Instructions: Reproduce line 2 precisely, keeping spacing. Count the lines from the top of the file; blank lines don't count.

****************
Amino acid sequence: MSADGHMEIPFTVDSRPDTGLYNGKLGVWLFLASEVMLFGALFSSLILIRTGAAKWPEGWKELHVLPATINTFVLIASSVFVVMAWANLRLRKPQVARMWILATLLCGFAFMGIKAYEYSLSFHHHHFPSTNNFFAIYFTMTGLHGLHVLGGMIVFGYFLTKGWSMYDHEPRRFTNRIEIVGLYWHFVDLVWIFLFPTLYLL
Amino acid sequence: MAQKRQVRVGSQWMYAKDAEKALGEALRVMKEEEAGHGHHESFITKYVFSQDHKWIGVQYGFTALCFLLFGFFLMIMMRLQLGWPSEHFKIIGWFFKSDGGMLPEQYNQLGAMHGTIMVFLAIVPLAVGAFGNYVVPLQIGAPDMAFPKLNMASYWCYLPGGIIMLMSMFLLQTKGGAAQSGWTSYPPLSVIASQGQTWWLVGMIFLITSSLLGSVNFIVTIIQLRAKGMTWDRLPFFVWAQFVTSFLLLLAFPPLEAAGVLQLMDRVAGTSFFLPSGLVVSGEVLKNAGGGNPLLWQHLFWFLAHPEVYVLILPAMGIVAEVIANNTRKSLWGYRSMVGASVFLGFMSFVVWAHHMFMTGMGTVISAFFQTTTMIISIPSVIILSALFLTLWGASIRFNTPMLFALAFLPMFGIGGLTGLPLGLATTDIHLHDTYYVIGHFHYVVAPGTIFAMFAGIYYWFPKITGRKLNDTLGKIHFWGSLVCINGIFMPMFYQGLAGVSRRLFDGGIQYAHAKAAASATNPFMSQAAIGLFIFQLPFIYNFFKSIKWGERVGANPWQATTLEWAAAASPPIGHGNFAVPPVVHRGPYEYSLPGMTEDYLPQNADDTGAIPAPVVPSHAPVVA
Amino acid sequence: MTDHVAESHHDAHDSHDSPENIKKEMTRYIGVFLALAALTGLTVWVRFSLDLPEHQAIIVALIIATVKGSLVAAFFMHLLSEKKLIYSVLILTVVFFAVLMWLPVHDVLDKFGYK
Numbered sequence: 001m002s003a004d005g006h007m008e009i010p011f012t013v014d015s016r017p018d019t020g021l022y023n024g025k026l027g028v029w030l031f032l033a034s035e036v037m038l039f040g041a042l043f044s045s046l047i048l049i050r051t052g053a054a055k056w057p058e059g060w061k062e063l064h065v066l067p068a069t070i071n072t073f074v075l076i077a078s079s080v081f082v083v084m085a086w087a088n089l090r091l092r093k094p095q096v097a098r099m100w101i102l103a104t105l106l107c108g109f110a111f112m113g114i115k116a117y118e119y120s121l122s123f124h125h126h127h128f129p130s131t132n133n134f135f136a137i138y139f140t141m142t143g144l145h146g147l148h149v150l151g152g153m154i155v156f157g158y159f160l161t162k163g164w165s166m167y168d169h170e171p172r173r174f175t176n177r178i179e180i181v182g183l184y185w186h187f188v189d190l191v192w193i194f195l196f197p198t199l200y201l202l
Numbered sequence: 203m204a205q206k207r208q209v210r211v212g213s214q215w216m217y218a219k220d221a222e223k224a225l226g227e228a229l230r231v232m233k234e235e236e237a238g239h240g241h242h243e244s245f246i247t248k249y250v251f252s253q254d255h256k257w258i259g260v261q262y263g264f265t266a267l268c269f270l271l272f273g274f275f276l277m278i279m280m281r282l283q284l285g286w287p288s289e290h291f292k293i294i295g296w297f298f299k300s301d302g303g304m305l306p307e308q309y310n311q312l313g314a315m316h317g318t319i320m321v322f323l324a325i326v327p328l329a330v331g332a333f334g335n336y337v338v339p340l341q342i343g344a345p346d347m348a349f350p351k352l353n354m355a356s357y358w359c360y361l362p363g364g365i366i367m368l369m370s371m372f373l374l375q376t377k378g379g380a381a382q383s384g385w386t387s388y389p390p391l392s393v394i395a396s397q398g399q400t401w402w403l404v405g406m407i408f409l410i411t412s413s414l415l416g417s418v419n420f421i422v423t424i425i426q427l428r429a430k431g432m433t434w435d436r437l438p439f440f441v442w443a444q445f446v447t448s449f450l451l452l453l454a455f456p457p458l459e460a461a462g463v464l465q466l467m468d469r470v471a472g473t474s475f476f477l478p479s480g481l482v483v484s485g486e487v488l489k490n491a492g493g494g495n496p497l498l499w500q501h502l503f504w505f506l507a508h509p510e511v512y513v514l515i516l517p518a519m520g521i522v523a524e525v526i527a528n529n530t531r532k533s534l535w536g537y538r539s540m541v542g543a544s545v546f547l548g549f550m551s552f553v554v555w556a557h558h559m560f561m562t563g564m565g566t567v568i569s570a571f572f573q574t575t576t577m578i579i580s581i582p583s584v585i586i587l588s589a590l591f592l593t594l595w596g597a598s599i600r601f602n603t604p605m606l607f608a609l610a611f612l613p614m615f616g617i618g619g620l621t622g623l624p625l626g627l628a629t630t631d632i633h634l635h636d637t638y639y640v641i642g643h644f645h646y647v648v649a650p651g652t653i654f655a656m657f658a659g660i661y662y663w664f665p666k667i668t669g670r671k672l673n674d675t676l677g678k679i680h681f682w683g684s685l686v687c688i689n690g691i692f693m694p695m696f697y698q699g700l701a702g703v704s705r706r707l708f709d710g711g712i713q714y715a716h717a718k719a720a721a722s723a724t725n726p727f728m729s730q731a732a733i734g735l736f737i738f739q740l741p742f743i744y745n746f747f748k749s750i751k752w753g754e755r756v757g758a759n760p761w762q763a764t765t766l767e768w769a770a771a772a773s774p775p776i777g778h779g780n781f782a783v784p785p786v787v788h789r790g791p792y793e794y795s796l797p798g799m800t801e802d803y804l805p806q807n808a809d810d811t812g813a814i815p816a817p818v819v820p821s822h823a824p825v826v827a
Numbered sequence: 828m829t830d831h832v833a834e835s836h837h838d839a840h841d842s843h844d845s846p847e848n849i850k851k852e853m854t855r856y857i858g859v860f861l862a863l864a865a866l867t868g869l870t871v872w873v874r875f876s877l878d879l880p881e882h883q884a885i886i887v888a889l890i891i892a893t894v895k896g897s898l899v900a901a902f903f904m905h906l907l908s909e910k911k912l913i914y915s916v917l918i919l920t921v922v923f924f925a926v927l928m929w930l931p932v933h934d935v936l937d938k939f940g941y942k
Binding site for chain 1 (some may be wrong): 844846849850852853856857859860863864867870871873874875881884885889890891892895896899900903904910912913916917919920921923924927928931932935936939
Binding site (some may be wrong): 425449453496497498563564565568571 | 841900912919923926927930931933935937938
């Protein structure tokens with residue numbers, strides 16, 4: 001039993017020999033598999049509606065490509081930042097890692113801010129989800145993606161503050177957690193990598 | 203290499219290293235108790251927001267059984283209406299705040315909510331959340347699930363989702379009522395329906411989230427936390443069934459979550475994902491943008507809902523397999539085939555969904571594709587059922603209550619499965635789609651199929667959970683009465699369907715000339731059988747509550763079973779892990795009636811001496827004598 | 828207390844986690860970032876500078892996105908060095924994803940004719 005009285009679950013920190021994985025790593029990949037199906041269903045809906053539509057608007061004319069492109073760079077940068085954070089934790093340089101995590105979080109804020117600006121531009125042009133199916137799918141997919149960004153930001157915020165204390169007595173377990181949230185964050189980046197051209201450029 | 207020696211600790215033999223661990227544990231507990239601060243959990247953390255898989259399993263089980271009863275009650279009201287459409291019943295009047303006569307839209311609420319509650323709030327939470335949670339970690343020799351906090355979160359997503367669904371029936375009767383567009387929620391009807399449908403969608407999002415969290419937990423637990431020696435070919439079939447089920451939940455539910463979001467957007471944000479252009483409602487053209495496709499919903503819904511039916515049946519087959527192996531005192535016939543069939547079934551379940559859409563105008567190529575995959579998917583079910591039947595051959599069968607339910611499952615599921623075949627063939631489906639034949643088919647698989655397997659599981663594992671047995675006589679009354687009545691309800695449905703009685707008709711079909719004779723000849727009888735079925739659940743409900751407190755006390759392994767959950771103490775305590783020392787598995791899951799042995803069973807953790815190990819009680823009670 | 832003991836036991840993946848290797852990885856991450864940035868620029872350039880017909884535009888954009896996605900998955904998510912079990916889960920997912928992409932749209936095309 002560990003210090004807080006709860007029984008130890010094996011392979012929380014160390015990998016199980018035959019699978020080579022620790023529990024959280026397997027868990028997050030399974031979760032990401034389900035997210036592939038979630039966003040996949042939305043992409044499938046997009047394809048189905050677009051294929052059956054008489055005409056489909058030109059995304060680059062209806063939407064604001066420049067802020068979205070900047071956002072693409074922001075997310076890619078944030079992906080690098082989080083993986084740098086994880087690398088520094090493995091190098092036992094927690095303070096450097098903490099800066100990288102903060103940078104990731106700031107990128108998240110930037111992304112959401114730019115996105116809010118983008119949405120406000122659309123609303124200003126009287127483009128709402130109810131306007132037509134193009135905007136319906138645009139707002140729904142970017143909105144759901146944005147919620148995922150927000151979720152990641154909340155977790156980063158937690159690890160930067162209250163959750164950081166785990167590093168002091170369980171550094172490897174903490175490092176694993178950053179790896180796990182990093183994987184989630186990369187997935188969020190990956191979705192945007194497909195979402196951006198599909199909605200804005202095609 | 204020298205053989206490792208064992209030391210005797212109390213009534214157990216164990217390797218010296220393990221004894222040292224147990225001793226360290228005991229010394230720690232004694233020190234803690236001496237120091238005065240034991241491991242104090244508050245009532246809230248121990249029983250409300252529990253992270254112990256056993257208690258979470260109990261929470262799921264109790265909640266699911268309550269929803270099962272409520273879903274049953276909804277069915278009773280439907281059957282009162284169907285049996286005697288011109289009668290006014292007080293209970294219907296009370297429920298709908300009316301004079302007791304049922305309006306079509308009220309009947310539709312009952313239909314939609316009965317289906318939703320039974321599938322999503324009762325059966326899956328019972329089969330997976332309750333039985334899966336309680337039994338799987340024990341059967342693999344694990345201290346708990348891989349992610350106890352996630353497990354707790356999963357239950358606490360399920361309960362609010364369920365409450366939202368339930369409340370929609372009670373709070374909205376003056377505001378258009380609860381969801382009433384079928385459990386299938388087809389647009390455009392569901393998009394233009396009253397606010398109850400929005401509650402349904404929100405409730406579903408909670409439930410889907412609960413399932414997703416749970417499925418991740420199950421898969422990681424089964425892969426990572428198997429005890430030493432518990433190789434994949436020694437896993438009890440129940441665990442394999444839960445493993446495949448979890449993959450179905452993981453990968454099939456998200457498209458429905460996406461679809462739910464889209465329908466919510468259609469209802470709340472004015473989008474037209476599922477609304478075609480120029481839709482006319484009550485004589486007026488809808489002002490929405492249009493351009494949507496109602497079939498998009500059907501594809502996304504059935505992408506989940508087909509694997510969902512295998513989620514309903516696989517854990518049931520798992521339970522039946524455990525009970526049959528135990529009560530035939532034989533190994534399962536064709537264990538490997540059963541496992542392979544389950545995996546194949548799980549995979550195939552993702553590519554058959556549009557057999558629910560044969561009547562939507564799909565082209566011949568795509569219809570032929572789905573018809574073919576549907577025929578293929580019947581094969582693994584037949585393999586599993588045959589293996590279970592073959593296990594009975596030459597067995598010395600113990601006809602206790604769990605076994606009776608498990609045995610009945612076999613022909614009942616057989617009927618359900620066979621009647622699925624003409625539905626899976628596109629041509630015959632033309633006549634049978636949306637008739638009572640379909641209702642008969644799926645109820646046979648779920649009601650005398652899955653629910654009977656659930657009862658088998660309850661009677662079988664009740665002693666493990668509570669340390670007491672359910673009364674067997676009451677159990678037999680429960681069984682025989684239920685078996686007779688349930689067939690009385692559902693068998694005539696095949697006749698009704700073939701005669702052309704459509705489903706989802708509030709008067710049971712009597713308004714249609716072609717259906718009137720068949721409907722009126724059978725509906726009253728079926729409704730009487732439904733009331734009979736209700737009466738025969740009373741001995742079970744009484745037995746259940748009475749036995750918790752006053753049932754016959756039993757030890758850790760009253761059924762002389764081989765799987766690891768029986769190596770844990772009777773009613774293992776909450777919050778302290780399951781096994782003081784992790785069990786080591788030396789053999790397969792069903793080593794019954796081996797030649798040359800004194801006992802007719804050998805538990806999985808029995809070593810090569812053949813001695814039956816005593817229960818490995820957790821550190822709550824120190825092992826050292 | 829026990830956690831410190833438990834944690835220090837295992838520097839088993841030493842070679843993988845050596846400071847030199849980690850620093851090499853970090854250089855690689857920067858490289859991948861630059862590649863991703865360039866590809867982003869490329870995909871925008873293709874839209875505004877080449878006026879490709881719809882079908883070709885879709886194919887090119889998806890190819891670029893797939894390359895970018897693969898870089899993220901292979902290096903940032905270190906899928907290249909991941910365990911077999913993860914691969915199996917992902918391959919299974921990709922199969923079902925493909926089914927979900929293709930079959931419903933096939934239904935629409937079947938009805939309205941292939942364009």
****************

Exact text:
Amino acid sequence: MAQKRQVRVGSQWMYAKDAEKALGEALRVMKEEEAGHGHHESFITKYVFSQDHKWIGVQYGFTALCFLLFGFFLMIMMRLQLGWPSEHFKIIGWFFKSDGGMLPEQYNQLGAMHGTIMVFLAIVPLAVGAFGNYVVPLQIGAPDMAFPKLNMASYWCYLPGGIIMLMSMFLLQTKGGAAQSGWTSYPPLSVIASQGQTWWLVGMIFLITSSLLGSVNFIVTIIQLRAKGMTWDRLPFFVWAQFVTSFLLLLAFPPLEAAGVLQLMDRVAGTSFFLPSGLVVSGEVLKNAGGGNPLLWQHLFWFLAHPEVYVLILPAMGIVAEVIANNTRKSLWGYRSMVGASVFLGFMSFVVWAHHMFMTGMGTVISAFFQTTTMIISIPSVIILSALFLTLWGASIRFNTPMLFALAFLPMFGIGGLTGLPLGLATTDIHLHDTYYVIGHFHYVVAPGTIFAMFAGIYYWFPKITGRKLNDTLGKIHFWGSLVCINGIFMPMFYQGLAGVSRRLFDGGIQYAHAKAAASATNPFMSQAAIGLFIFQLPFIYNFFKSIKWGERVGANPWQATTLEWAAAASPPIGHGNFAVPPVVHRGPYEYSLPGMTEDYLPQNADDTGAIPAPVVPSHAPVVA